As part of its November feature on "rethinking" poetry reviewing, The Volta conducted interviews with 22 critics. Here are some answers that stuck with me.
K. Silem Mohammad:
Rather than thinking in terms of positive or negative, I want to see critical intelligence at work. Negative reviews can be just as superficial as positive ones. I consider a review good if it makes me think in ways I hadn’t thought to think before.Marjorie Perloff:
I’d like to see more critics ask the hard questions of the poetry they review. Why does Jorie Graham use those long lines and set some of them over on the right? Is that a tick or a meaningful gesture? How has John Ashbery’s poetry changed in recent years? In the case of conceptual poetry (now causing such a brouhaha), how is the work in question actually put together, what governs length and word choice? If a poem involves appropriation, why appropriate that particular material? Too often, reviewers depend upon the poet’s statement of intent and ignore what’s actually there on the page (or screen). I still believe, with D. H. Lawrence, “Never trust the artist, trust the tale.” I was taught to avoid the “intentional fallacy.” No matter how often Kenneth Goldsmith declares he is a boring or “uncreative” writer, or how energetically Vanessa Place insists her own feelings are not involved in her work—and these are good old Duchampian and Cagean gestures—the reviewer has to read the text itself!James Pollock:
Too much of our criticism is undermined by a refusal, or inability, to see contemporary poetry in the context of poetry per se, by which I mean, world poetry from antiquity to the present. Many of us seem to want to leave that up to the scholars and academic critics. But criticism of contemporary poetry needs this wider context, too; otherwise the whole literary culture quickly becomes ingrown and provincial. It’s easy to assume that the U.S. is the center of the poetry world, even though that’s not necessarily true. And I won’t be the first to say that, generally speaking, American culture tends to be culturally biased against the past, and that’s deadly for criticism. Cultural amnesia is planned obsolescence.Elisa Gabbert:
One wrong way to write a review is to spend too little time with the book, to come to it with a closed mind or a preconceived idea of what it should be, and then write your review as a kind of rationalization of your kneejerk opinions. Another wrong way is to like it but have nothing interesting to say about it, thus filling your page with empty adjectives like “beautiful” or making weirdly aggressive statements like “I loved this book so much I wanted to tear off my own head and stuff the pages down the hole.”
I find it mystifying that I run into so many poet-critics, my age and younger, who continue to venerate the same thinkers who were Marquee Names back when I was in college in the late 1980s. It’s a full generation later, and we’re still hearing about Adorno, Benjamin, Butler, Derrida, Lacan, Zizek, and so forth, lightly augmented by the likes of Agamben and Bourdieu. True, these assorted figures are nowadays generally invoked in relation to the politics of/in literature, not so much to ground an abstract inquiry into language and form. Even so, I feel sad when I turn from discussions of poetry to, say, debates over computer games, where you’ll find a slew of inventive attempts to create new humanistic tools adequate to talking about contemporary realities. Go read Ian Bogost on E.T. the Extraterrestrial (1982)—a notorious stinker of a console-based video game—in Alien Phenomenology (2012) and you’ll discover somebody pell-mell and energetically inventing a method of analysis that is suited to, and in dialogue with, the artifact being analyzed. That’s what I’d love to see more often on our side of the fence. And fewer covers of the hit parade circa 1988.Craig Morgan Teicher:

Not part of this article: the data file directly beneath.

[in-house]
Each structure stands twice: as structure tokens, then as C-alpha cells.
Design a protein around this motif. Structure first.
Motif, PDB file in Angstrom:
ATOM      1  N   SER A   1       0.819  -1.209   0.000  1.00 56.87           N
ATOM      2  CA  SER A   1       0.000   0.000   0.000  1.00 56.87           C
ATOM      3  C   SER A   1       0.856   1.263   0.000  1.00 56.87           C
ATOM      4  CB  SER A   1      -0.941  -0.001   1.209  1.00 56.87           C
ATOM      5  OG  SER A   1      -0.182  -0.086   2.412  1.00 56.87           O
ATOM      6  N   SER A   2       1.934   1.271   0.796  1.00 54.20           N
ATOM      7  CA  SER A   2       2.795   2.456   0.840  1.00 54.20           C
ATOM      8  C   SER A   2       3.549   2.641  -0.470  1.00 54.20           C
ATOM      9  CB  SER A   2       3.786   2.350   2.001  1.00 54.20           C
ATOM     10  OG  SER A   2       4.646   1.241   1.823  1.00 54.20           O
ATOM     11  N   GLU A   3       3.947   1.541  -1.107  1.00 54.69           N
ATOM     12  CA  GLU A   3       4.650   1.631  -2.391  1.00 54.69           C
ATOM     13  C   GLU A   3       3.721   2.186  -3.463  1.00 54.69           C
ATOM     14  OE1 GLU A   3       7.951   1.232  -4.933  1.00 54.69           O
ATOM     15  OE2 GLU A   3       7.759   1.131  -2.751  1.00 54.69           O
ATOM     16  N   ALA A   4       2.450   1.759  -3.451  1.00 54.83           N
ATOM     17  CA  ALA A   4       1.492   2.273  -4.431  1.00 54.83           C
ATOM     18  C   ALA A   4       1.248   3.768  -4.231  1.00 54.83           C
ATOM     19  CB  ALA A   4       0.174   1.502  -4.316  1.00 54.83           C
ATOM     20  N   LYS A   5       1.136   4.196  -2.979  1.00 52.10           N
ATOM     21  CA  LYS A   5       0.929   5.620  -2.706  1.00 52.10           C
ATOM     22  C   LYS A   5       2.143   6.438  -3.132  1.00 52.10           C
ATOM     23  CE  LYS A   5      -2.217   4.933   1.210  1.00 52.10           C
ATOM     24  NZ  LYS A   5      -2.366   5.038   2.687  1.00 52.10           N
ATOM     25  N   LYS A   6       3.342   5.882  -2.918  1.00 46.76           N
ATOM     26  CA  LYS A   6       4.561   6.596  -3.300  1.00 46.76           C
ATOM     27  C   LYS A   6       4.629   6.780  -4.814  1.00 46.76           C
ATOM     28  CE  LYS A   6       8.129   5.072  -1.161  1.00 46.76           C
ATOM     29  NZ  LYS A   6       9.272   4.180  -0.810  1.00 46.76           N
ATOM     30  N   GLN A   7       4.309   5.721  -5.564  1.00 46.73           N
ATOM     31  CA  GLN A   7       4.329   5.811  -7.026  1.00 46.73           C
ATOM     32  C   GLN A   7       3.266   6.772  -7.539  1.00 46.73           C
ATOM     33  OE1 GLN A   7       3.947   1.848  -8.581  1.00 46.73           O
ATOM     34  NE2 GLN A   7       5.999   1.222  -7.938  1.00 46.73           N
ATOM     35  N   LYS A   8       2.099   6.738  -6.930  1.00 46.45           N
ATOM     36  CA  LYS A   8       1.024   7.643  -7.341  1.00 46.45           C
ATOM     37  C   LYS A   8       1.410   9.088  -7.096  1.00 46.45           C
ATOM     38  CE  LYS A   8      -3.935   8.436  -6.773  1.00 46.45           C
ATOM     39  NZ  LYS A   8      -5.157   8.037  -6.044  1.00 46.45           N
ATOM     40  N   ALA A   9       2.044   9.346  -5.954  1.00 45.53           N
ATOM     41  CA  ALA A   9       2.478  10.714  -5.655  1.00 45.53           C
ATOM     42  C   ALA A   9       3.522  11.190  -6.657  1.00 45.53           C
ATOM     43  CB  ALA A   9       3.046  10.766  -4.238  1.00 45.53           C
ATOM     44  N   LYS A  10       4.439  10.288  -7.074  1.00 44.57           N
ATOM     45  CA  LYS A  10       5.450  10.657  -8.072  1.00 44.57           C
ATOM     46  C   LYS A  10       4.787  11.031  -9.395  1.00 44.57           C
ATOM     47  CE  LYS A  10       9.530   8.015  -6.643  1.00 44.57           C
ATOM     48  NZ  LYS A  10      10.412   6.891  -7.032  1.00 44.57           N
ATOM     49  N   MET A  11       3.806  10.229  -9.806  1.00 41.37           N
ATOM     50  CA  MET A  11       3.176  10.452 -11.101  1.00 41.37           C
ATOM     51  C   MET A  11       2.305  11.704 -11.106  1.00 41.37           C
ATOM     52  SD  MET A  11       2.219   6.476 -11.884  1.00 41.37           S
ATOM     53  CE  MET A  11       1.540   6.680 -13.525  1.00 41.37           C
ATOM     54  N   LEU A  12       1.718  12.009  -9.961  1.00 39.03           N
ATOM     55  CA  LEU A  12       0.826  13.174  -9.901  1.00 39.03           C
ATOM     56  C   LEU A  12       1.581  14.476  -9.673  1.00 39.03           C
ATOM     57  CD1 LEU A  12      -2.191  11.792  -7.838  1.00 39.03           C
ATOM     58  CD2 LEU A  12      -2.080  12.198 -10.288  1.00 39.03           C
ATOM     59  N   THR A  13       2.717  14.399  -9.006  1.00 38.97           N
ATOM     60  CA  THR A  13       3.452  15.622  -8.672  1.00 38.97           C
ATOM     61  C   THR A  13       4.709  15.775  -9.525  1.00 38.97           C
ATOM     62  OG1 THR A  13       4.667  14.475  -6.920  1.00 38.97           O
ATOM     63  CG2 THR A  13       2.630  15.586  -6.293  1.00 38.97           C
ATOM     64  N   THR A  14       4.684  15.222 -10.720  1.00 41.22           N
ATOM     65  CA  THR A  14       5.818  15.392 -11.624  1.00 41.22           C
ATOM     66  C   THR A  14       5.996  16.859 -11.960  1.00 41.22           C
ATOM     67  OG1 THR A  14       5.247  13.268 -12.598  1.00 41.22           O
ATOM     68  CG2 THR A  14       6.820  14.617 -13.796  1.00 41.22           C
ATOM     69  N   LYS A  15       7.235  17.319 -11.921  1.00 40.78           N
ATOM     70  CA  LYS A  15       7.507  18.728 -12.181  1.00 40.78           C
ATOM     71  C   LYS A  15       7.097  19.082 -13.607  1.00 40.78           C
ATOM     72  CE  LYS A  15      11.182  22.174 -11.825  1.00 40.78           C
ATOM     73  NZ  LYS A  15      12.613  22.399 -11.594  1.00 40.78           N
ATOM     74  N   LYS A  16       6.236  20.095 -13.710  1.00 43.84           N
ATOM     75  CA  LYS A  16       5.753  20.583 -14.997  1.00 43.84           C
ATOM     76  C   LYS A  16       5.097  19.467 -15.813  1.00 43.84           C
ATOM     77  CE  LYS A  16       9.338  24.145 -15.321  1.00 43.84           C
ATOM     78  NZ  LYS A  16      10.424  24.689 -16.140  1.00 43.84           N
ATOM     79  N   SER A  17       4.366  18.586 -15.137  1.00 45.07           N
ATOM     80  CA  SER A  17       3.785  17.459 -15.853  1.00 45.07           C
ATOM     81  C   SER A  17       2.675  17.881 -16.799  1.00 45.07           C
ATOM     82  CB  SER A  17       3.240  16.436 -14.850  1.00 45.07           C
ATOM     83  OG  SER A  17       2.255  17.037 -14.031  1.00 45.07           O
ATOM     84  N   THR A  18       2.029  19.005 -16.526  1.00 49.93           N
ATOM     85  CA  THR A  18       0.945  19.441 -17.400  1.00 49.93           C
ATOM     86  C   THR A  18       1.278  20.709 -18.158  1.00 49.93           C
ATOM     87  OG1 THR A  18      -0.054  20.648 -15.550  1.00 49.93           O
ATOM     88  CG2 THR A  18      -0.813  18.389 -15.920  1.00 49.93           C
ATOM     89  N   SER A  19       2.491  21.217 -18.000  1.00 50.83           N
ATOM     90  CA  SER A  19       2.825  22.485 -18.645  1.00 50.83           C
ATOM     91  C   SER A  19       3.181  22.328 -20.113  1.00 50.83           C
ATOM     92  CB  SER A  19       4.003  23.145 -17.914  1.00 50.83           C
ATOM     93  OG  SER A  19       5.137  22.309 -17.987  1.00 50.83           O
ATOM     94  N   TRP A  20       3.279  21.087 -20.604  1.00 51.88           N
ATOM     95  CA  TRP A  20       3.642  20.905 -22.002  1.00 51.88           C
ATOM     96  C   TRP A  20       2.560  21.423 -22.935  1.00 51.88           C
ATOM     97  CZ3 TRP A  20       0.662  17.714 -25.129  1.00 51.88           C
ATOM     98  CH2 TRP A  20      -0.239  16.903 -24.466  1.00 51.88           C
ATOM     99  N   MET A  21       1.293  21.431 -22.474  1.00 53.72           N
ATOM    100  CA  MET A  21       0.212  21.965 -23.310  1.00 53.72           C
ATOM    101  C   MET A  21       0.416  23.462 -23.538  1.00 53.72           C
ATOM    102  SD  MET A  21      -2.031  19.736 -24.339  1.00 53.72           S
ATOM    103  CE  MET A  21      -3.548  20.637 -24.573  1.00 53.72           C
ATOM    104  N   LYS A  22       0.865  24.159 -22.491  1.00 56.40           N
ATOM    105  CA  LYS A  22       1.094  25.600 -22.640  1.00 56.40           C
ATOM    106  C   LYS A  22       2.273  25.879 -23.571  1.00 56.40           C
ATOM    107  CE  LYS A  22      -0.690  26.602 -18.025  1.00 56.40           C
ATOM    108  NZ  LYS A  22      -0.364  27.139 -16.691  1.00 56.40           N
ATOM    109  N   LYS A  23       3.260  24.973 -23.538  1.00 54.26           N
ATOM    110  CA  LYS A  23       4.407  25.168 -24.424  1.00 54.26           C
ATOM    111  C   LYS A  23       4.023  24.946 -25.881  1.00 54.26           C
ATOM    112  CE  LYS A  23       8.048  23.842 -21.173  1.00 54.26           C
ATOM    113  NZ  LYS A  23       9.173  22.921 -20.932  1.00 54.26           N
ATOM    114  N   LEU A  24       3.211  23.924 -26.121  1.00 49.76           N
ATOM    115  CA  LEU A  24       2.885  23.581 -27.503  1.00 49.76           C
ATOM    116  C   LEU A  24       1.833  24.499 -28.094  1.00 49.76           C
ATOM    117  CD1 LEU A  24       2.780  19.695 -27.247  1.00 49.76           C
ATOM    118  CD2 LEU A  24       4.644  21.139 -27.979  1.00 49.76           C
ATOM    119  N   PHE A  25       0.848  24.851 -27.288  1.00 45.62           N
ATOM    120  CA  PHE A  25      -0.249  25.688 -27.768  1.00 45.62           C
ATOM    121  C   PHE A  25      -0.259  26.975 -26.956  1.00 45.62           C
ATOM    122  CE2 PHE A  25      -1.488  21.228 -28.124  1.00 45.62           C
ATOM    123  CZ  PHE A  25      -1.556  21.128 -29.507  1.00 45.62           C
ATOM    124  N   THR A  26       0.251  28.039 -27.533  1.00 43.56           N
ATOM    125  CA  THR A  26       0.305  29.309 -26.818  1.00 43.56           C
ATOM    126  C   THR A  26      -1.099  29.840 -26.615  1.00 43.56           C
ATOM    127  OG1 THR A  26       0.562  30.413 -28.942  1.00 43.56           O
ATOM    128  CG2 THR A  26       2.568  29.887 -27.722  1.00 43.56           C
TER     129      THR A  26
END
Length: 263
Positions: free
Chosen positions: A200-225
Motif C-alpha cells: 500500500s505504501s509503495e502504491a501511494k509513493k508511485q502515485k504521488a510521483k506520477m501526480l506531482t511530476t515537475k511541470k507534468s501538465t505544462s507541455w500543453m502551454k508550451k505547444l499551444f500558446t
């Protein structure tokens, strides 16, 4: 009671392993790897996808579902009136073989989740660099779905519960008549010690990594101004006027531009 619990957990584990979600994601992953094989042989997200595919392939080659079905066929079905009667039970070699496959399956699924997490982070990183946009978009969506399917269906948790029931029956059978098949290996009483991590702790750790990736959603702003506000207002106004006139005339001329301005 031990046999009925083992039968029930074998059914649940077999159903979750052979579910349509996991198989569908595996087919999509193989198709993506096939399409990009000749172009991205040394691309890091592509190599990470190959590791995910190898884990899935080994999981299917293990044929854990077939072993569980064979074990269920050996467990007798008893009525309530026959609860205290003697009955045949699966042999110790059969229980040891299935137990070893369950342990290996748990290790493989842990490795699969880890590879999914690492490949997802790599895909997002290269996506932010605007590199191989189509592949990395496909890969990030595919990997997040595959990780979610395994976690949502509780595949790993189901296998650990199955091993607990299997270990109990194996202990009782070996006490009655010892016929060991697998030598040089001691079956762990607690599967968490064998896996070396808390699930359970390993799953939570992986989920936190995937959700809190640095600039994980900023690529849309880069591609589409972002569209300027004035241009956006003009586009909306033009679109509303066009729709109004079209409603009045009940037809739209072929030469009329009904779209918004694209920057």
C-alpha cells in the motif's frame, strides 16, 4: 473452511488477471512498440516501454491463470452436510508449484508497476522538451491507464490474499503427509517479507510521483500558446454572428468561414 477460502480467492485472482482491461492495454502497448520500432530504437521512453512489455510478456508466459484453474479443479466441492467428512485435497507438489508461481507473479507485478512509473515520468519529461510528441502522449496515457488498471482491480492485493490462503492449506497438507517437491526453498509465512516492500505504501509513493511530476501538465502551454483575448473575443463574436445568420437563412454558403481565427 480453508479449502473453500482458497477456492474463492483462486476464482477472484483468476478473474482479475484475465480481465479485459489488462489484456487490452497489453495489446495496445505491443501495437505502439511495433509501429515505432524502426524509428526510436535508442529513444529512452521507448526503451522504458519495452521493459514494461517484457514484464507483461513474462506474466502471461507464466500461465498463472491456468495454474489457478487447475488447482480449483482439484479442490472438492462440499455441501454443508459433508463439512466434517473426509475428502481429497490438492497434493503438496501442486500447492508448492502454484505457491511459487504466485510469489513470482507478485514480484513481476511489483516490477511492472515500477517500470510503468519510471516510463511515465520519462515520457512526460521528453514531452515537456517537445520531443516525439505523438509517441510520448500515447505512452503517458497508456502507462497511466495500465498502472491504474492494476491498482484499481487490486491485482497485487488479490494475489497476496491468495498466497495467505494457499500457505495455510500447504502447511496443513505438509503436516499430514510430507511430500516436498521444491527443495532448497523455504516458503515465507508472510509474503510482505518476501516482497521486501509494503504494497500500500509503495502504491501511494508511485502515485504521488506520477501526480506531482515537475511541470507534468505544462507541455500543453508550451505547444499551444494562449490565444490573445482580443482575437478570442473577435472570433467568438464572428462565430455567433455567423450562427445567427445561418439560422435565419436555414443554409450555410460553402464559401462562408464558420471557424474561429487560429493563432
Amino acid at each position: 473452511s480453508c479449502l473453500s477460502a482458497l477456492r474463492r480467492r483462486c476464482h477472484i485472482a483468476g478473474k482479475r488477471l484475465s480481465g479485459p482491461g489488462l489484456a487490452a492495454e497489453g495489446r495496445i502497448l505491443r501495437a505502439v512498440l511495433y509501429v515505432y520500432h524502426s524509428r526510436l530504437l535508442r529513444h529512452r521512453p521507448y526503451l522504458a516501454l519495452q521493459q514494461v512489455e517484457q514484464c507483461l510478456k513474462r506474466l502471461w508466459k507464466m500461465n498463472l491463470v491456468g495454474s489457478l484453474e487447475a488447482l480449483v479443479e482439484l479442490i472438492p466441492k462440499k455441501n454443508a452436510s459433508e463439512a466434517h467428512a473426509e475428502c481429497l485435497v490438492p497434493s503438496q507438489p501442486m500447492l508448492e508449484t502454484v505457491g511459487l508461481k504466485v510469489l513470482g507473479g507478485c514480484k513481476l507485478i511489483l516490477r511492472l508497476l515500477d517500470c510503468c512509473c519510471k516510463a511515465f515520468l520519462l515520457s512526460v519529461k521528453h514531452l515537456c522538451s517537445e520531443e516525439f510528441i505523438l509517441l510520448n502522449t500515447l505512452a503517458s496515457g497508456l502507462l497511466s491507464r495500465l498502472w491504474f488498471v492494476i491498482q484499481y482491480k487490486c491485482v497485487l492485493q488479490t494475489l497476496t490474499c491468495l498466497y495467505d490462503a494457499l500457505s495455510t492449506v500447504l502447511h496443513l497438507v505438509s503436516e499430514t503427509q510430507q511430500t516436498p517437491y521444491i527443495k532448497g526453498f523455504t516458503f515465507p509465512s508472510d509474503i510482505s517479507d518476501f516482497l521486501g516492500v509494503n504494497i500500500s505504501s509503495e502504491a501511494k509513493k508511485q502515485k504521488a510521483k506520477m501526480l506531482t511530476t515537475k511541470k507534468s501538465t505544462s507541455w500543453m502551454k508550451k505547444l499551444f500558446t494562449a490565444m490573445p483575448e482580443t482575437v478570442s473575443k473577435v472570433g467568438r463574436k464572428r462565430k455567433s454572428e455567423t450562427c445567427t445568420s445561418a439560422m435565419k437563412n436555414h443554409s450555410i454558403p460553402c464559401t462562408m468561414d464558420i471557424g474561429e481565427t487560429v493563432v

Focus on your prose, which should be at least as good and important to you as your poems. Cultivate skepticism, which doesn’t come naturally to everyone, otherwise you will always be on the poets’ side, which makes the prose boring.
Every critic finds their own way to hell, but remember this: if you are going to hell regardless, you might as well go on the strength of your own sins and passions and tastes and thoughts. There’s nothing to be gained other than the chance to share and to be increased by another’s willingness to do the same, so make sure what you chance is yours. The most effusive review doesn’t matter if the subject knows the praise is tactical or impersonal, and the reader is even better equipped to detect chicanery than the poet. Even if the truth you tell is only one of many possibilities, make it one a reader can trust.